About

A binary tree is a tree data structure where each node has a left and a right child.

Terminology

  • A rooted binary tree has a root node and every node has at most two children.
  • A full binary tree is a tree where every node has either $0$ or $2$ children.
  • A perfect binary tree is a binary tree where all nodes have two children and all leaves have the same depth.
  • A complete binary tree has every level filled except possibly the last and all the nodes in the last level are as far left as possible. It can have between $1$ and $2^{h}$ nodes where $h$ is the height of the tree.
  • An infinite complete binary tree is a tree where every node has two children and the depth is countably infinite.
  • A balanced binary tree is a binary tree where the left and right subtrees of every node differ in height by no more than $1$.
  • A degenerate binary tree is a tree where each parent node has only one child node.

Properties

  • The number of nodes $n$ in a full binary tree is at least $n=2h + 1$ and at most $n = 2^{h+1} - 1$ where $h$ is the height of the tree. A tree with only a root node has a height of $0$.
  • The number of leaves $l$ in a perfect binary tree is $l=(n+1) /2$ because the number of non-leaf (internal) nodes is $n-l=\Sigma_{k=0}^{\log_{2}{l}-1} 2^{k} = 2^{\log_{2}l} - 1 = l - 1$.
  • A perfect binary tree with $l$ leaves has $n = 2l -1$ nodes.

Representing with Arrays

$$
\tikzset{
  treenode/.style = {align=center, inner sep=0pt, text centered,
    font=\sffamily},
  arn_n/.style = {treenode, circle, white, font=\sffamily\bfseries, draw=black,
    fill=black, text width=1.5em},% arbre rouge noir, noeud noir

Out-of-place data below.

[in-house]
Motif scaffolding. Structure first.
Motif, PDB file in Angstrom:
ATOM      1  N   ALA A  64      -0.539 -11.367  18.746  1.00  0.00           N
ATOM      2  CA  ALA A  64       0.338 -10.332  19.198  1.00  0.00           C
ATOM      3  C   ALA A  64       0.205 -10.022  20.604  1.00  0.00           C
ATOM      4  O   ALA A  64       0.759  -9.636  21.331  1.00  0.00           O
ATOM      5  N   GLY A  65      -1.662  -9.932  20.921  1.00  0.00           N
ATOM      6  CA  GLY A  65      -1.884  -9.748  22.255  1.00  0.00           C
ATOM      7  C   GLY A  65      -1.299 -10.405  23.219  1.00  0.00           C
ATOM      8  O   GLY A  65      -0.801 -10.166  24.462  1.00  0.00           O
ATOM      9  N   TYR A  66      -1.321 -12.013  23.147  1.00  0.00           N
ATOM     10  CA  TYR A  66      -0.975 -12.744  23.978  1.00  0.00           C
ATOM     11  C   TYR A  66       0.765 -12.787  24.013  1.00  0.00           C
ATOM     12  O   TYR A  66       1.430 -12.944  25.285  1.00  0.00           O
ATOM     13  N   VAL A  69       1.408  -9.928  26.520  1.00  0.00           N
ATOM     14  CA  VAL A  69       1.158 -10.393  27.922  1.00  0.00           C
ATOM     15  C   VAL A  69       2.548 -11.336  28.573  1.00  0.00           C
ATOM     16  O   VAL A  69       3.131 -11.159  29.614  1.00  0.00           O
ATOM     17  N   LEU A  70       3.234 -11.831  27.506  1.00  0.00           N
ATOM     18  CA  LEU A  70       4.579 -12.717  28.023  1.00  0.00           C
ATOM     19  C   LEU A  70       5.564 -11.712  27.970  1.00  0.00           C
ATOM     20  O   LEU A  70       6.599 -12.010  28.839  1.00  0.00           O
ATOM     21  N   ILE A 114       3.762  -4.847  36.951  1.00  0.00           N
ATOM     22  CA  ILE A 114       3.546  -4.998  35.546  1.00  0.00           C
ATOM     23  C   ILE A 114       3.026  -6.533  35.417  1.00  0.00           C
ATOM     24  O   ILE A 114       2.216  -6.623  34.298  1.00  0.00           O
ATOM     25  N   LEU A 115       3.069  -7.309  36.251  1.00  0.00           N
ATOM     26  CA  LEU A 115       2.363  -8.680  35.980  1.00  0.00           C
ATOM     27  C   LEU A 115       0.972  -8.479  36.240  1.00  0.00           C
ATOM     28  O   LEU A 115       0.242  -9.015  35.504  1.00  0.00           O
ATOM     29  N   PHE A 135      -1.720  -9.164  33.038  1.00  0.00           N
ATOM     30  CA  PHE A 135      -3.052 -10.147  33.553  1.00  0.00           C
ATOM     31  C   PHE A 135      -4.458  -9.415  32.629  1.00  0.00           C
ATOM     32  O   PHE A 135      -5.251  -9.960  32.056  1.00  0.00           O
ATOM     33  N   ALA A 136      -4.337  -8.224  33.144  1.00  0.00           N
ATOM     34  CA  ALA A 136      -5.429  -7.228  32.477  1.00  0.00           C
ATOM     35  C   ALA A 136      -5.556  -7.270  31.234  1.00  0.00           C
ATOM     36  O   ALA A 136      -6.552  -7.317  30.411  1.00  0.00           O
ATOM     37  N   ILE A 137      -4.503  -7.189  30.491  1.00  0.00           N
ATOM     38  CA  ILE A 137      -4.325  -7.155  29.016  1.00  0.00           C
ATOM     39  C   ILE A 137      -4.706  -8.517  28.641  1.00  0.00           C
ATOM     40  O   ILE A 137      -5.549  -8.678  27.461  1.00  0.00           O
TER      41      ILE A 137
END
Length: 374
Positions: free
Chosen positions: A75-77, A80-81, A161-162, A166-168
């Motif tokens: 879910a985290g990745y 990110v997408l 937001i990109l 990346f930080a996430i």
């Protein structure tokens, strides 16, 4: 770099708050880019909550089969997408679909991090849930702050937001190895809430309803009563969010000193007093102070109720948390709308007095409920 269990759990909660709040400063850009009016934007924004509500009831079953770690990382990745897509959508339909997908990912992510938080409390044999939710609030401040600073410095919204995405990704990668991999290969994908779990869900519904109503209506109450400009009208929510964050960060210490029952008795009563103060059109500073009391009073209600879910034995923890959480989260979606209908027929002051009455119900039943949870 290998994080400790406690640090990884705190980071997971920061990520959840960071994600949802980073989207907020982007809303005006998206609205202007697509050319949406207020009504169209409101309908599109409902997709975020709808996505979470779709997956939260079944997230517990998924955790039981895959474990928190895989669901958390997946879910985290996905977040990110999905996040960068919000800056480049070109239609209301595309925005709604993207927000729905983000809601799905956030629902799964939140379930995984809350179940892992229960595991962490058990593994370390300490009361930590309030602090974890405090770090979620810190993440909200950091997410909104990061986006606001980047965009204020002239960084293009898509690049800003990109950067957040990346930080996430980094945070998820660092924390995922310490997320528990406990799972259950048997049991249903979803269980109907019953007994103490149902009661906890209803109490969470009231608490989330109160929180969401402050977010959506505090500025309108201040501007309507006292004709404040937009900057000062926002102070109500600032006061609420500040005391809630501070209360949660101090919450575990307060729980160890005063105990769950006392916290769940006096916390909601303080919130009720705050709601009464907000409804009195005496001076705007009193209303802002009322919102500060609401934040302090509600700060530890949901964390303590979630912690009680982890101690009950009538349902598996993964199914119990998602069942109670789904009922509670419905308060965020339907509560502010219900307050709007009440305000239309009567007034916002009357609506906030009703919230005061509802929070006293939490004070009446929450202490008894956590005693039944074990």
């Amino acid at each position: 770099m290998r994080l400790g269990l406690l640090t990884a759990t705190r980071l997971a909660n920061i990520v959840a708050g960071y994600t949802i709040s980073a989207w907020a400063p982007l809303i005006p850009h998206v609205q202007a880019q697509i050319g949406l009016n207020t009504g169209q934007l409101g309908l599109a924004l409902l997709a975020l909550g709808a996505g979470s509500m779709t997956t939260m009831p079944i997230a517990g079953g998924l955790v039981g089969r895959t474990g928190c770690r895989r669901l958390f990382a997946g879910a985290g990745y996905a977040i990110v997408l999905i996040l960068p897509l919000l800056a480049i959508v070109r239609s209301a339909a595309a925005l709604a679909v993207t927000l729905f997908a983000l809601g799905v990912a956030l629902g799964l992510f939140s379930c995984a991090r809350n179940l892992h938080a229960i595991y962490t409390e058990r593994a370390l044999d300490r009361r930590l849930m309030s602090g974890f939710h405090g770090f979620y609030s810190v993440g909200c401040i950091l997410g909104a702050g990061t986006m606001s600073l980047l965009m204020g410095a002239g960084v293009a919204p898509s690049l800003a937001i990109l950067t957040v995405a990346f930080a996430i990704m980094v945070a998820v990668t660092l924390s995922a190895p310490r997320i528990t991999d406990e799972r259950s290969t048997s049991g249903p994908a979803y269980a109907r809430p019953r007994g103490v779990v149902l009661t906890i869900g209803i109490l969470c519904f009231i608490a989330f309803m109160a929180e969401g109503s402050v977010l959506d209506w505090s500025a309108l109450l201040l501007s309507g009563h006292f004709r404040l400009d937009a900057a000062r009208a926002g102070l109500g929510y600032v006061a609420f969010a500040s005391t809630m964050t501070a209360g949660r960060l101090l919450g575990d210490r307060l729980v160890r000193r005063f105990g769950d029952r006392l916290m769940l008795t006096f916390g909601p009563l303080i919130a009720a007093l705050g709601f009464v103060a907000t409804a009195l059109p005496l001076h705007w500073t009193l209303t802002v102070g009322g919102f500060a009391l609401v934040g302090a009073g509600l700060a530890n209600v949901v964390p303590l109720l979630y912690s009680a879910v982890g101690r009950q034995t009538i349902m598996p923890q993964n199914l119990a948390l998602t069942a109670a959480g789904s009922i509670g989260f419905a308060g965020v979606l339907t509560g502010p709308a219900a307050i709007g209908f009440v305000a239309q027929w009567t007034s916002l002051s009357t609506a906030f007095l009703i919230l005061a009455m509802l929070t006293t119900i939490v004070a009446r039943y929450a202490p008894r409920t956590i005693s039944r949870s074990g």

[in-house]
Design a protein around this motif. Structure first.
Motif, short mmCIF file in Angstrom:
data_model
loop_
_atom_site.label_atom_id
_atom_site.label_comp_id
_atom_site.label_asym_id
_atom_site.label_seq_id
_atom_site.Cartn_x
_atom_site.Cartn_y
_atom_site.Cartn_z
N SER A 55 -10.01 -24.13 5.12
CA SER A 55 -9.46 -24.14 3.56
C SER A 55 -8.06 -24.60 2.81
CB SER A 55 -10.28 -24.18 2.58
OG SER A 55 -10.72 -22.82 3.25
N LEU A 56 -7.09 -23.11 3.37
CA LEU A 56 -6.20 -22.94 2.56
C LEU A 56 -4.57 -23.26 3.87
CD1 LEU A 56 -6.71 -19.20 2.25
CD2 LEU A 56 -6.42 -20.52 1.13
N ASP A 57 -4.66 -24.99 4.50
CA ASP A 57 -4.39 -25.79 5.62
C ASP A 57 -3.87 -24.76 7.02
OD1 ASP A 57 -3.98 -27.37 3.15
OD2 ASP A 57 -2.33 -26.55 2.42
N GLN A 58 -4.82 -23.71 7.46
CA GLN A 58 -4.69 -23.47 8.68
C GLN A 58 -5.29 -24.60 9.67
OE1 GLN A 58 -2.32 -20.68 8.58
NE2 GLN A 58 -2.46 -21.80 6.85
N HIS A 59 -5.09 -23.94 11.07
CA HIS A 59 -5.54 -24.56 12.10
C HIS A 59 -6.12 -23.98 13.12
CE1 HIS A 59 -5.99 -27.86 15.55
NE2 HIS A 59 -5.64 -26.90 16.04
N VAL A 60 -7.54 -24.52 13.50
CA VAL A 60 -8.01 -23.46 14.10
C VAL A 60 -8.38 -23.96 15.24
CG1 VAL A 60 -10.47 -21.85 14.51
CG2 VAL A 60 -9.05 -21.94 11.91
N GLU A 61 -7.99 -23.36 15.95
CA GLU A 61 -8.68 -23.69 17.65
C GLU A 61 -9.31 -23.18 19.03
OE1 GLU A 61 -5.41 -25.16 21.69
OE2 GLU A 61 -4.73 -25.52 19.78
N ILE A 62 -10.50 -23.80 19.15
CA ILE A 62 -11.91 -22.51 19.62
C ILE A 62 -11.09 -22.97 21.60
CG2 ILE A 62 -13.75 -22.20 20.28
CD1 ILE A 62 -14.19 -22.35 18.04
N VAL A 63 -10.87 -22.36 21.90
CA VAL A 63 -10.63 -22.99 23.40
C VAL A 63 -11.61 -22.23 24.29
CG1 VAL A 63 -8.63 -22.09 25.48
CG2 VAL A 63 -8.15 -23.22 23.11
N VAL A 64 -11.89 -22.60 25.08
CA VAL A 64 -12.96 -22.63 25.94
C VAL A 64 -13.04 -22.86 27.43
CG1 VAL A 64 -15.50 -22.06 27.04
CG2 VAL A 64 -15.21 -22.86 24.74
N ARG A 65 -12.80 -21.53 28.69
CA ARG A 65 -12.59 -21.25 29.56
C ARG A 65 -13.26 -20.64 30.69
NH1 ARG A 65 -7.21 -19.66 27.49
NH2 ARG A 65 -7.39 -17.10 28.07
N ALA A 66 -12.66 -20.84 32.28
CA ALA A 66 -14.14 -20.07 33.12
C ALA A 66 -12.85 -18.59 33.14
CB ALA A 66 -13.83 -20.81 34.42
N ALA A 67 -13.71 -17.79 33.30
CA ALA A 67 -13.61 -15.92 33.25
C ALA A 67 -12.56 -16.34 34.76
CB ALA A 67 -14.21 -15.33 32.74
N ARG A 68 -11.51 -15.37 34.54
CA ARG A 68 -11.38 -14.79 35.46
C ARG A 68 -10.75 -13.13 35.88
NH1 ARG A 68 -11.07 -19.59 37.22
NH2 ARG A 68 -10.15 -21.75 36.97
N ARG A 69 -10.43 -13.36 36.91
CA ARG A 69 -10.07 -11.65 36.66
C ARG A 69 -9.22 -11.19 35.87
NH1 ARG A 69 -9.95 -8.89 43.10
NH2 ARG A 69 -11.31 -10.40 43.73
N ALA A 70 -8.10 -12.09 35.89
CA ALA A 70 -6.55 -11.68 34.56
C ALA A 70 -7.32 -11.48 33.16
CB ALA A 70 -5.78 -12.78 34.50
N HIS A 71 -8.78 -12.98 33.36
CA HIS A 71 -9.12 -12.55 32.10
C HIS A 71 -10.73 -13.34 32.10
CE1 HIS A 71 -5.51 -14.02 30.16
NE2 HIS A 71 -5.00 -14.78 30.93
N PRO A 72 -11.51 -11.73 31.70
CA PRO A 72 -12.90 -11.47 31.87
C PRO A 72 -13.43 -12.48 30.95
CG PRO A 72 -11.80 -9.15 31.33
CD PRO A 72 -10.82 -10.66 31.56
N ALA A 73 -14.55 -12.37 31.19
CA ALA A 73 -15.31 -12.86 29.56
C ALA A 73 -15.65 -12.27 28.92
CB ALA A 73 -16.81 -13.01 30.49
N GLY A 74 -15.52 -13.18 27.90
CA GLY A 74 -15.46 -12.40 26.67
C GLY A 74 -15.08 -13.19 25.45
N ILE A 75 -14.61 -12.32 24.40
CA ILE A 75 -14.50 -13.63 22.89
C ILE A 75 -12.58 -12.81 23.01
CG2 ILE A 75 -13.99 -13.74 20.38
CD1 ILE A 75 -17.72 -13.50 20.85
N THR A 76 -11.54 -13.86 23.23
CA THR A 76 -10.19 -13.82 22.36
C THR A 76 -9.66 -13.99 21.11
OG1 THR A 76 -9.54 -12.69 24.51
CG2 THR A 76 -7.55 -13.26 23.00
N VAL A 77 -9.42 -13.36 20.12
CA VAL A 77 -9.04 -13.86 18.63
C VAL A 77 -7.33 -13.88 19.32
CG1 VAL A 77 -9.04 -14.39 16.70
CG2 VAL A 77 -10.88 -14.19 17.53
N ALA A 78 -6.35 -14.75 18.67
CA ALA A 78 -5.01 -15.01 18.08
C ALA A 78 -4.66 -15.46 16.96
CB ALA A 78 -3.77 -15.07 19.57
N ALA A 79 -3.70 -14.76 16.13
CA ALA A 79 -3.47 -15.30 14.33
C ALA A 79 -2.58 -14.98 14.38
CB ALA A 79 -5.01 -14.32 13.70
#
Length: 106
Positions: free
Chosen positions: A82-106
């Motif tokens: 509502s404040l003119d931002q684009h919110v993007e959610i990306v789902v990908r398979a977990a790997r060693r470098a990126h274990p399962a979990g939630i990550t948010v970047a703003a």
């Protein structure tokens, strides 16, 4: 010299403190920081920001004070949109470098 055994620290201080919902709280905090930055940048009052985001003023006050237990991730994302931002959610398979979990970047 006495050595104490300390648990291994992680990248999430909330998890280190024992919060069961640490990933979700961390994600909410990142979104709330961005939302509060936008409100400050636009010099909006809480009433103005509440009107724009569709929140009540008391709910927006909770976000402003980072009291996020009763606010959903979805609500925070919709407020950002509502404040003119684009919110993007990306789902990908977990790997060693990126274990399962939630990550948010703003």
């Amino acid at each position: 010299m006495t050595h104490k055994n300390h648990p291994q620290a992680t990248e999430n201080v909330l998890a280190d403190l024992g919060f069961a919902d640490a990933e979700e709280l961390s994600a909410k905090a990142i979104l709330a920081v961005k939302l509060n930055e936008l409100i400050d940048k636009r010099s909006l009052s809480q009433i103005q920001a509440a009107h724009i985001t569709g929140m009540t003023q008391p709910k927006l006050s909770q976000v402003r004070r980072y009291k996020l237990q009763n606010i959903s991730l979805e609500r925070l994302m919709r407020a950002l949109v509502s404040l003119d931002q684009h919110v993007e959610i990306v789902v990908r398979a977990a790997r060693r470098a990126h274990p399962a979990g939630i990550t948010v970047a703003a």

arn_r/.style = {treenode, circle, red, draw=red, 
    text width=1.5em, very thick},% arbre rouge noir, noeud rouge
  arn_x/.style = {treenode, rectangle, draw=black,
    minimum width=0.5em, minimum height=0.5em}% arbre rouge noir, nil
}
\begin{tikzpicture}[->,>=stealth',level/.style={sibling distance = 2cm/#1,
  level distance = 1cm},font=\ttfamily,
array/.style={matrix of nodes,
  row sep=1.5mm,
  column sep=-\pgflinewidth,
  nodes={rectangle,draw=black,minimum size=1mm, fill=orange!30},
  %row 1/.style={nodes={fill=orange!30}},
  row 6/.style={nodes={fill=green!30}},
  %column 1/.style={nodes={fill=white!30}},
  text depth=0.05ex,
  text height=1ex,
  nodes in empty cells}
]

\begin{scope}
  \node[arn_r] (48) {48}
    child { node[arn_n] (40) {40}  
      child { node[arn_n] (8) {8}  } 
     	child { node[arn_n] (20) {20} } }
    child { node[arn_n] (13) {13} 
      child { node[arn_n] (12) {12}  }
     	child { node[arn_n] (8) {8} } };
     
\end{scope}

\begin{scope}[yshift=-3.5cm]
\matrix[array] (array) {
\color{red}{48} & 40 & 13 & 8 & 20 & 12 & 8 \\
};

\draw[->,solid, thick, color=red] (array-1-1) to [out=-100,in=-100]  node  { \fcolorbox{red}{red}{\color{white}\tiny $2i+1$}  }  (array-1-2);
\draw[->,solid, thick, color=red] (array-1-1) to [out=100,in=100]  node  { \fcolorbox{red}{red}{\color{white}\tiny $2i+2$}  }  (array-1-3);

\end{scope}

\end{tikzpicture}
$$

A binary tree can be represented using an array data structure. In case the tree is complete then this method does not waste any space.

The index of the left-node is given by:

$$
\text{index(left node)} = 2*\text{index(specified node)}+1
$$

The index of the right-node is given by:

$$
\text{index(right node)} = 2*\text{index(specified node)}+2
$$

The index of the parent of a node is given by:

$$
index(\mbox{parent node}) = \biggr\lfloor \frac{index(\mbox{current node}) - 1}{2} \biggr\rfloor
$$

where:

  • $floor(x) = \lfloor x \rfloor$ is the largest interger less than or equal to $x$.

Implementations

Index


fuss/data_structures/trees/binary_trees.txt ยท Last modified: 2017/02/22 18:30 (external edit)

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